Issue: May persons who are not parties to an arbitration agreement be bound by that agreement?
|Area of Law:||Alternative Dispute Resolution, Business Organizations & Contracts|
|Keywords:||Arbitration agreement; Third-party beneficiary|
|Jurisdiction:||Alabama, Federal, Texas|
|Cited Cases:||514 U.S. 938; 81 F. Supp. 2d 688; 823 F.2d 145|
“[A]rbitration is a matter of contract and a party cannot be required to submit to arbitration any dispute which he has not agreed so to submit.” AT&T Techs., Inc. v. Communications Workers of Am., 475 U.S. 643, 648 (1986) (citation omitted). A court must first decide whether a valid arbitration agreement exists, then it must decide whether the dispute is within the scope of the agreement. Cricchio v. Dyckman, 82 F. Supp. 2d 626, 629 (E.D. Tex. 2000). In deciding whether an arbitration agreement exists, courts apply ordinary state common law governing the formation of contracts, keeping in mind the federal policy favoring arbitration. Jones v. Fujitsu Network Communications, Inc., 81 F. Supp. 2d 688, 690-91 (N.D. Tex. 1999) (citing First Options of Chicago, Inc. v. Kaplan, 514 U.S. 938, 944 (1995)). See Boyd v. Homes of Legend, Inc., 981 F. Supp. 1423, 1431 (M.D. Ala. 1997) (using Alabama law to decide whether mobile home manufacturer could enforce arbitration agreement as third-party beneficiary).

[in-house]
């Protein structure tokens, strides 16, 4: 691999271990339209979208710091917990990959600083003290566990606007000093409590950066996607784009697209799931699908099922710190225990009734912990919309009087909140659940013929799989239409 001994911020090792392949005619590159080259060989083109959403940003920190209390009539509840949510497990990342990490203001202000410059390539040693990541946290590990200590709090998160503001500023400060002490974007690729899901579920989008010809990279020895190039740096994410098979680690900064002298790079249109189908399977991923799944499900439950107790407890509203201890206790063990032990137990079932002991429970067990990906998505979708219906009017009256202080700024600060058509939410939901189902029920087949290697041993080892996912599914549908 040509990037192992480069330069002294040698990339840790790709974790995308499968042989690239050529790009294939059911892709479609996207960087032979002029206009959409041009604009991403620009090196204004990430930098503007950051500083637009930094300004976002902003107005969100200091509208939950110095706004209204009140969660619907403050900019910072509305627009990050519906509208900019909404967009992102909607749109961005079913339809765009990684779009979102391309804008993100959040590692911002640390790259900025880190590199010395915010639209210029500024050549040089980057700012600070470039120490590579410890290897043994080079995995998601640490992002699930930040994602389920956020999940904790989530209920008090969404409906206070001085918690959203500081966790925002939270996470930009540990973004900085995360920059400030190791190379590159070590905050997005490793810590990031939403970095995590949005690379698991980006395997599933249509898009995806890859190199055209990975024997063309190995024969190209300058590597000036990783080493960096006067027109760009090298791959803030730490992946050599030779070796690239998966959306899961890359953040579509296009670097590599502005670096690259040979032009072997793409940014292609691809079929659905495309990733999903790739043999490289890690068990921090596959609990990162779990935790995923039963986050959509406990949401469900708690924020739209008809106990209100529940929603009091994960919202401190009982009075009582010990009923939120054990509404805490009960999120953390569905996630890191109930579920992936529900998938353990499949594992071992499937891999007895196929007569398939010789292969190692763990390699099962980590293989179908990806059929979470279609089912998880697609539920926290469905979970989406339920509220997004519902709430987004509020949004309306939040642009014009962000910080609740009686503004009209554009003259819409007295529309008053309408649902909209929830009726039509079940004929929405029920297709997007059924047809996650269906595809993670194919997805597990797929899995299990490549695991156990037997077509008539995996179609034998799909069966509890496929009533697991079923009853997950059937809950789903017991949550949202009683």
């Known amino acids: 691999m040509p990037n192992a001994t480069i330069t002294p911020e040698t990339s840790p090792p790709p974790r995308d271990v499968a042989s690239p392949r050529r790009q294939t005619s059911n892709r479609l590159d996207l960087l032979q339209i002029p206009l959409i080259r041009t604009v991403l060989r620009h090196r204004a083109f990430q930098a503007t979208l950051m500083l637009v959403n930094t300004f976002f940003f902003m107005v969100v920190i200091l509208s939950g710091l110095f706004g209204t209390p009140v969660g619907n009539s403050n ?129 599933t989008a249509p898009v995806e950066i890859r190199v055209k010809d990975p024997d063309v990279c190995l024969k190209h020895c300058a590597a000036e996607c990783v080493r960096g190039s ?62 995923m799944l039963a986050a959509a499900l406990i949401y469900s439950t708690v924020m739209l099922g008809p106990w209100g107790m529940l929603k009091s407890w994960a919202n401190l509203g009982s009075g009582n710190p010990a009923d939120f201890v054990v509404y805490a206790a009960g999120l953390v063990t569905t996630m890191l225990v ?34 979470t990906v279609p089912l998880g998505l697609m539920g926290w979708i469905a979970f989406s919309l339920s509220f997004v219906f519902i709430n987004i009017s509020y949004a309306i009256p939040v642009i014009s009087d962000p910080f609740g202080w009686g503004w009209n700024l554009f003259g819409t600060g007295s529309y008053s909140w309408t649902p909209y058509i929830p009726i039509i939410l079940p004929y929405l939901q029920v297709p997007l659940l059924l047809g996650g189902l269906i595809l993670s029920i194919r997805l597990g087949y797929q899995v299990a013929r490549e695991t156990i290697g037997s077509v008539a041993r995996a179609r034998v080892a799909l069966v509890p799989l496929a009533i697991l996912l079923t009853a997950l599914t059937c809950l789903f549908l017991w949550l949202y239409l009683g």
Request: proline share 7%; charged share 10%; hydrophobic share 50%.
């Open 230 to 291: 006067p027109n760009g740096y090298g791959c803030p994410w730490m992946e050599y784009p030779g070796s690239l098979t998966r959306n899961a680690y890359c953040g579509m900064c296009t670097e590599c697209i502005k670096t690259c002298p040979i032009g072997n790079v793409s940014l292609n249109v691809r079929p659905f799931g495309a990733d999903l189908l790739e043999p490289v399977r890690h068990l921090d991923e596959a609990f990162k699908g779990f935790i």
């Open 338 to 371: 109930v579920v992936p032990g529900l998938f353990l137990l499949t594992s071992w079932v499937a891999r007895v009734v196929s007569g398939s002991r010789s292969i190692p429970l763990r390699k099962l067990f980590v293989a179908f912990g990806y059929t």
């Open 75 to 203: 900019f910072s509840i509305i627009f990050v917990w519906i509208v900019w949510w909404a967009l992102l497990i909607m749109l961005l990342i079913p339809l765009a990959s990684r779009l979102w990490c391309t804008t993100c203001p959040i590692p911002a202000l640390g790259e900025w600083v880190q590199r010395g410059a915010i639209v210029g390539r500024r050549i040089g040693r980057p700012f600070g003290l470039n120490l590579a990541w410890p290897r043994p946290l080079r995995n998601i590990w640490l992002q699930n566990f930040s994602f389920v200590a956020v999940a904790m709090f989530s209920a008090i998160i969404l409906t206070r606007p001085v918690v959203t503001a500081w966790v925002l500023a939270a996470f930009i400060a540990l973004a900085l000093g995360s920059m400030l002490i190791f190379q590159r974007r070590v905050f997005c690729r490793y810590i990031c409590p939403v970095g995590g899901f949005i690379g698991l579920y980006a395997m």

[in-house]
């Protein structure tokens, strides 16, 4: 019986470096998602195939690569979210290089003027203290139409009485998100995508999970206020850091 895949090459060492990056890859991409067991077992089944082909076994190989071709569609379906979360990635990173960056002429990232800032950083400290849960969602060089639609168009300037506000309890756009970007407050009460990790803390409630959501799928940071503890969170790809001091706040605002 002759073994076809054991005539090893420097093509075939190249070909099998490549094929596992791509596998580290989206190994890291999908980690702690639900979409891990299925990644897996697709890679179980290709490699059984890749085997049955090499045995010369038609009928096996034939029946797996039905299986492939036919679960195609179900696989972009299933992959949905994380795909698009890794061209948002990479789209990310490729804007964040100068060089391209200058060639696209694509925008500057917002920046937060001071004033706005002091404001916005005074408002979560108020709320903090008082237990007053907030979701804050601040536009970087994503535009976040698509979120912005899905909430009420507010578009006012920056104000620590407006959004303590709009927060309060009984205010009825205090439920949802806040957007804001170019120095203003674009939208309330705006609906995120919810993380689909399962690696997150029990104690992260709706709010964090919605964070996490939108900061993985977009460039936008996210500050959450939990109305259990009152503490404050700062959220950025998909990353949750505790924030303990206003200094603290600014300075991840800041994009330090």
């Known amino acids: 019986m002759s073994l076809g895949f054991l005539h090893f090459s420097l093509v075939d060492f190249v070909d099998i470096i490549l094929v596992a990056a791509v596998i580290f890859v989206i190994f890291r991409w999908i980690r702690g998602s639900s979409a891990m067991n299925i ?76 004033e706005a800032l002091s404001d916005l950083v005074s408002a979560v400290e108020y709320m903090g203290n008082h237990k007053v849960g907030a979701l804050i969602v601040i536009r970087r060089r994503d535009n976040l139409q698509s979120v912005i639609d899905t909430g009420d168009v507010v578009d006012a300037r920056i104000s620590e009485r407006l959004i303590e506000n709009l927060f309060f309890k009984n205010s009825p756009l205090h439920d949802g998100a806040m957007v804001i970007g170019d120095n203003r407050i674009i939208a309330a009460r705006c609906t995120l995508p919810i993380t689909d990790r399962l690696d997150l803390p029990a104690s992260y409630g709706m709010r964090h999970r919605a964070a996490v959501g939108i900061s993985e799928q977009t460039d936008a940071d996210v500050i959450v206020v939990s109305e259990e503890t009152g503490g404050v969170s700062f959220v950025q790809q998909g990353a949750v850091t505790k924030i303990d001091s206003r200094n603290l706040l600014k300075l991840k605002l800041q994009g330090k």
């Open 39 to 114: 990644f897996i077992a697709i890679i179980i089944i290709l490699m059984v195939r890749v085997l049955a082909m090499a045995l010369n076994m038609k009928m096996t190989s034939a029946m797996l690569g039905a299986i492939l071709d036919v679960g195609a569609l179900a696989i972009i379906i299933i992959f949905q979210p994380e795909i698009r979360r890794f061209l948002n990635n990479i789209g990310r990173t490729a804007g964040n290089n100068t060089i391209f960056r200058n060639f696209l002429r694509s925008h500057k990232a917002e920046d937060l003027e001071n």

In one case, the Fifth Circuit refused to compel arbitration on a third-party defendant’s claim against the plaintiff because there was no agreement between them. Del E. Webb Constr. v. Richardson Hosp. Auth., 823 F.2d 145 (5th Cir. 1987). In that case, a construction contractor sued a property owner, who in turn impleaded an architect. The property owner had separate contracts with both the contractor and the architect that included an arbitration […]